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Don't Outsource U.S. National Security to the French

The opinions expressed by columnists are their own and do not necessarily represent the views of

“The malice of the wicked is reinforced by the weakness of the virtuous,” warned Winston Churchill leading up to World War II. While Churchill spoke of Western vacillation in the face of Nazi tyranny, he could have easily been referring to the state of affairs in the U.S. leading up to the attacks of September 11, 2001, a mindset that appears to be returning as the memory of those attacks fades.

Consider the Pentagon’s decision to award a lucrative contract to build a new generation of Air Force tankers to the French company EADS and its minority partner, Northrop. For the first time in history an essential weapon in the war on terror could be controlled by a foreign cartel whose government is hardly known for taking an uncompromising position on taking the fight to the terrorists or the states that sponsor them.

When the U.S. and thirty other nations, including Great Britain and Japan, removed Saddam Hussein from power, the French just said “non.” Then-president Jacques Chirac denounced the “pitfalls of unilateralism” and claimed in a fiery speech to the French diplomatic corps that liberating Iraq would be a boon for the terrorists. The French foreign minister promised to make Saddam pay, only to beat a fast retreat. While U.S. soldiers gave their lives and limbs in Iraq, high-ranking French politicians and Chirac cronies like Patrick Maugein took bribes and gifts from Saddam’s oil ministry in the United Nations oil-for-food scandal.

One would think that this conduct would not be rewarded with a $35 billion military contract, but to bipartisan howls of protest, the Pentagon has now outsourced U.S. national security to France. While French president Nicholas Sarkozy has been friendlier to the U.S., recent losses by his party at the polls suggest his views are in the minority.

The tanker deal is so absurd that it could only happen in the nation’s capital. Consider this: EADS has received tens of billions in illegal subsidies from the French and other European governments in violation of international law. The U.S. Trade Representative, whose offices are steps from the White House, filed the largest lawsuit in its history before the World Trade Organization. Meanwhile, across the Potomac the Department of Defense hands EADS billions in U.S. tax dollars and refuses to even take into account EADS illegal trade practices.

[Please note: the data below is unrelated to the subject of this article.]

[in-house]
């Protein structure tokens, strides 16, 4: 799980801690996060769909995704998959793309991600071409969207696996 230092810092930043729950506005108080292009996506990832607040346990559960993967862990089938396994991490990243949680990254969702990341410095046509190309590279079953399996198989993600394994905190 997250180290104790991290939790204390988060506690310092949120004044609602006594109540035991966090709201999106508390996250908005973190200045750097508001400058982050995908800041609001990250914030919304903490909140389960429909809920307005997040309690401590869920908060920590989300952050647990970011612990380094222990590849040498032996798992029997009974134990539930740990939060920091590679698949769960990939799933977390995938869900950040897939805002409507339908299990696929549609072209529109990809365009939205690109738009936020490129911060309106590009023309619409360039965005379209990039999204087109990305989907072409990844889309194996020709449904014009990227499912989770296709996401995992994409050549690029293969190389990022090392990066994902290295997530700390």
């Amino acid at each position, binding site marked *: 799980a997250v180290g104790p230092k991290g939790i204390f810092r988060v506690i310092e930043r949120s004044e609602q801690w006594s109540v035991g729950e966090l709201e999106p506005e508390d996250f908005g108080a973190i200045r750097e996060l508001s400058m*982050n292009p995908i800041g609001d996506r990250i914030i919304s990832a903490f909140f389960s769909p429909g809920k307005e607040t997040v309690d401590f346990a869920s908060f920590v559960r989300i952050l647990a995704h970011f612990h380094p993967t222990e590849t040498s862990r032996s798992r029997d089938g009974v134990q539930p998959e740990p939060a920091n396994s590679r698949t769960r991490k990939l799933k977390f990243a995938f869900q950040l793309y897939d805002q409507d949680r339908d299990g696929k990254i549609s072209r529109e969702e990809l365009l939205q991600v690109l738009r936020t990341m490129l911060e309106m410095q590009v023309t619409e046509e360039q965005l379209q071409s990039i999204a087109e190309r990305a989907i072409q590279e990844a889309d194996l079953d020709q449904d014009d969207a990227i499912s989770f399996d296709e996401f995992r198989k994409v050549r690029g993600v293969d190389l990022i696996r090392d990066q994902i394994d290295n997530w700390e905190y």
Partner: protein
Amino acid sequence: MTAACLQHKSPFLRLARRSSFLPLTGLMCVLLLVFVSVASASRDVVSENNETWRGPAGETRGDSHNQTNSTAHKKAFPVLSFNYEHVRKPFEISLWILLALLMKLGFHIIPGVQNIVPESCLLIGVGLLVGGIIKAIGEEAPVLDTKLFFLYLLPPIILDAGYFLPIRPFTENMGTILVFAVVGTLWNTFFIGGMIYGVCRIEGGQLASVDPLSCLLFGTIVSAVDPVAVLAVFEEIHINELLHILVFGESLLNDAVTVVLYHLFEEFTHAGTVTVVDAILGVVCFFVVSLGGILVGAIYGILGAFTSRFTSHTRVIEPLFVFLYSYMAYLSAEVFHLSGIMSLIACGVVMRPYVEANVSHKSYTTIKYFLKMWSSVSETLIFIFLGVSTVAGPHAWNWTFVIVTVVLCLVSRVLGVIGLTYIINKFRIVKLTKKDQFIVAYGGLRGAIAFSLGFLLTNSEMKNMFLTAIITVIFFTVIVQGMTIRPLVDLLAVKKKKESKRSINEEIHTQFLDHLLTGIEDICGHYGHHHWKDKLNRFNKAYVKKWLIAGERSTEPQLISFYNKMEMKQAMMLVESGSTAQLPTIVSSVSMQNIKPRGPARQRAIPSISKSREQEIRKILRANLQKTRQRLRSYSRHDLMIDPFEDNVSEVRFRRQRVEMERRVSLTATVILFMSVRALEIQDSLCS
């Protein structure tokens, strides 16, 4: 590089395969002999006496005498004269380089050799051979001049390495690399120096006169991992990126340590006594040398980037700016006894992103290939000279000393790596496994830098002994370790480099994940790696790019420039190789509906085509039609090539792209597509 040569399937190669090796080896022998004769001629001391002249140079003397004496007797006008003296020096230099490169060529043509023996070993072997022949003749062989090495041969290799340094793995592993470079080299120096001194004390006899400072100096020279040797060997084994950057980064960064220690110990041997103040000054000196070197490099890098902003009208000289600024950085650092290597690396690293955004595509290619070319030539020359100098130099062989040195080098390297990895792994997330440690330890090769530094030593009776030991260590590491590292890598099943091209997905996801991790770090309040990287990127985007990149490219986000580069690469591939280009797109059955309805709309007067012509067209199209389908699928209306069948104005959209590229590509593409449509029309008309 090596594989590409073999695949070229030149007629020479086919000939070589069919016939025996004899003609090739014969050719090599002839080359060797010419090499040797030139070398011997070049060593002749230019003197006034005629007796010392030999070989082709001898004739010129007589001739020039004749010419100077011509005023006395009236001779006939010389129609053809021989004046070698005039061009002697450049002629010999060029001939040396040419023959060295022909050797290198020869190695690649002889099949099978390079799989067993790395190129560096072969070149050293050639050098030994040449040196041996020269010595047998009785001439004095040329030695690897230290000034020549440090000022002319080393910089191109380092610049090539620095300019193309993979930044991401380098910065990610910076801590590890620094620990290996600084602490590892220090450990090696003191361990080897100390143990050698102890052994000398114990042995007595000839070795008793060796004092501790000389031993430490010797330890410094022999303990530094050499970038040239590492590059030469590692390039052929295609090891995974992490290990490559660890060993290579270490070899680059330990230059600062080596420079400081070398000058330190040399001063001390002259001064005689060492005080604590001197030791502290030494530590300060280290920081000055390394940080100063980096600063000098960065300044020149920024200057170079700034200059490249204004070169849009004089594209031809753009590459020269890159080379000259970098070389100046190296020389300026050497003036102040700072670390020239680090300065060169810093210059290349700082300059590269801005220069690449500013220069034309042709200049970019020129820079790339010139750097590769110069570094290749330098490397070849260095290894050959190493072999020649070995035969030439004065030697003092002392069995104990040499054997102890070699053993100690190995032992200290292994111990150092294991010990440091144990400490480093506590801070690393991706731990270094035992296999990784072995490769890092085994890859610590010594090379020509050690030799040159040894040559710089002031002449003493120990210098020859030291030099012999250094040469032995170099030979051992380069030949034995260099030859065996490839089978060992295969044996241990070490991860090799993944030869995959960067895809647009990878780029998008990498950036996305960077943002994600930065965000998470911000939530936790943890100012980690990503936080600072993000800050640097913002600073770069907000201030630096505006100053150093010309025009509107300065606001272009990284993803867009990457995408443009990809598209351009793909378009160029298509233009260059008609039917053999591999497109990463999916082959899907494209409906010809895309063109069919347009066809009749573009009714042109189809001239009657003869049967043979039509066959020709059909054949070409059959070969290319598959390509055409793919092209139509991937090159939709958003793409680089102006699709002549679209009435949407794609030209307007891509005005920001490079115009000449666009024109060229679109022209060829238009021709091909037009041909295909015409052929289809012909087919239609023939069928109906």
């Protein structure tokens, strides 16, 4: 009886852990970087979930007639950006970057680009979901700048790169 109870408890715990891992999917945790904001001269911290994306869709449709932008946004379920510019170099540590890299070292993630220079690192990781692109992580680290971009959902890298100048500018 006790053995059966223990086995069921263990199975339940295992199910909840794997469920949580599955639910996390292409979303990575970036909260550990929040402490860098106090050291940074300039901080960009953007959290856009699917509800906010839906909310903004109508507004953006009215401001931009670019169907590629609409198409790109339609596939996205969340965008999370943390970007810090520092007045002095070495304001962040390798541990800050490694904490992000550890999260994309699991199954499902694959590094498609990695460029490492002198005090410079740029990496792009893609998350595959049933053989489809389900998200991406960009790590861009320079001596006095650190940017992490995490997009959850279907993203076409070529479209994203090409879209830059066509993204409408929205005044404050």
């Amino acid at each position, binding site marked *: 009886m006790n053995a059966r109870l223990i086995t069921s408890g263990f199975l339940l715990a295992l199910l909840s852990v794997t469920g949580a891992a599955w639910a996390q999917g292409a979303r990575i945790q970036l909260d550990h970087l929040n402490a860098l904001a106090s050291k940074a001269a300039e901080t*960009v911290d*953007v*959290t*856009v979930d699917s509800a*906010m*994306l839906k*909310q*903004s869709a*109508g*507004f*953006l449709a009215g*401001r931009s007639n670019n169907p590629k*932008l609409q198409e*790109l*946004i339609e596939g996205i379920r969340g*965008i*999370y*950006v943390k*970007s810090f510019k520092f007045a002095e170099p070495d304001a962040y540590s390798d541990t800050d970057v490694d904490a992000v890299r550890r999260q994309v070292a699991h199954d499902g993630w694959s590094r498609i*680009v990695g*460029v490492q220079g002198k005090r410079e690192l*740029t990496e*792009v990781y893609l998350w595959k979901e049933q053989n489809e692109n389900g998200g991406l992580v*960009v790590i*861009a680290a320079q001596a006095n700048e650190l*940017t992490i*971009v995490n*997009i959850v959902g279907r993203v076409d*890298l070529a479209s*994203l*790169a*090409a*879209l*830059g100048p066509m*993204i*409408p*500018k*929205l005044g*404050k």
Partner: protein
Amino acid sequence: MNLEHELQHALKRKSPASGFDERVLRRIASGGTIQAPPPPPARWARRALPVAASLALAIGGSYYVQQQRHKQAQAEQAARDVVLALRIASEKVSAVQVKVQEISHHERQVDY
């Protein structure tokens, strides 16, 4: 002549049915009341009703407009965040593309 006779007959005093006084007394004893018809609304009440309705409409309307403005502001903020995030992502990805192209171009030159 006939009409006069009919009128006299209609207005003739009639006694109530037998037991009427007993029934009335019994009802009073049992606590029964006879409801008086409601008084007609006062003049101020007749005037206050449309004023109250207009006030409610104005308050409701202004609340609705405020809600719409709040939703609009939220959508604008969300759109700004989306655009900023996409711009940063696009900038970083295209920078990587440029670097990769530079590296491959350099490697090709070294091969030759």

These foreign subsidies made the A330 aircraft---which EADS will retrofit for the tanker contract----possible as competitor to the Boeing 767. French and European protectionism is being used to undercut U.S. contractors, kill U.S. jobs, and undermine free trade. The DOD originally included an offsetting provision in the evaluation criteria for these subsidies in order to address trade concerns, only to drop it after Congressional pressure.

Even more disturbing are the dangers the tanker contract poses to U.S. national security. After being lobbied by EADS, the DOD changed its own rules preventing the export of new technologies---like anti-missile technologies---that EADS may develop as a result of the contract, and which it is now free to export to rogue nations like Iran and North Korea. Nor are such concerns without foundation. EADS officials recently showed up at an air show in Iran.

The DOD also gave EADS a special exemption from the “Berry amendment” which requires domestic processing by contractors of specialty metals like titanium for national security reasons. The DOD also made mid-stream and unexplained changes in evaluation criteria that favor the larger aircraft that EADS is offering, and disfavored the more efficient mid-sized 767 Boeing aircraft.

The United States uses two-thirds of the world’s tankers, which are critical to refueling the fighters and bombers that are on the front lines in Afghanistan, Iraq, and other hot spots in the war on terror. Since the dawn of aviation, the tanker fleet has been U.S. built and supplied. EADS has never built a tanker in its history. Little wonder that DOD has acknowledged that without its inexplicable changes in the rules, Boeing scored higher on its evaluation criteria, with significantly more strengths and experience than EADS.

As for worries over EU retaliation, European defense acquisition policies are already highly protectionist; incredibly, just weeks ago, the French objected to a proposal to open these markets to U.S. contractors.

Awarding the tanker contract to build an essential tool of the 21st century war fighter in the global struggle against terrorism to EADS undermines U.S. national security interests and trade policies. Without even taking into account national pride or patriotism, the Department of Defense throwing a contract to French-based EADS is so contrary to good sense and U.S. interests that it should be reversed by Congress and the Bush administration.

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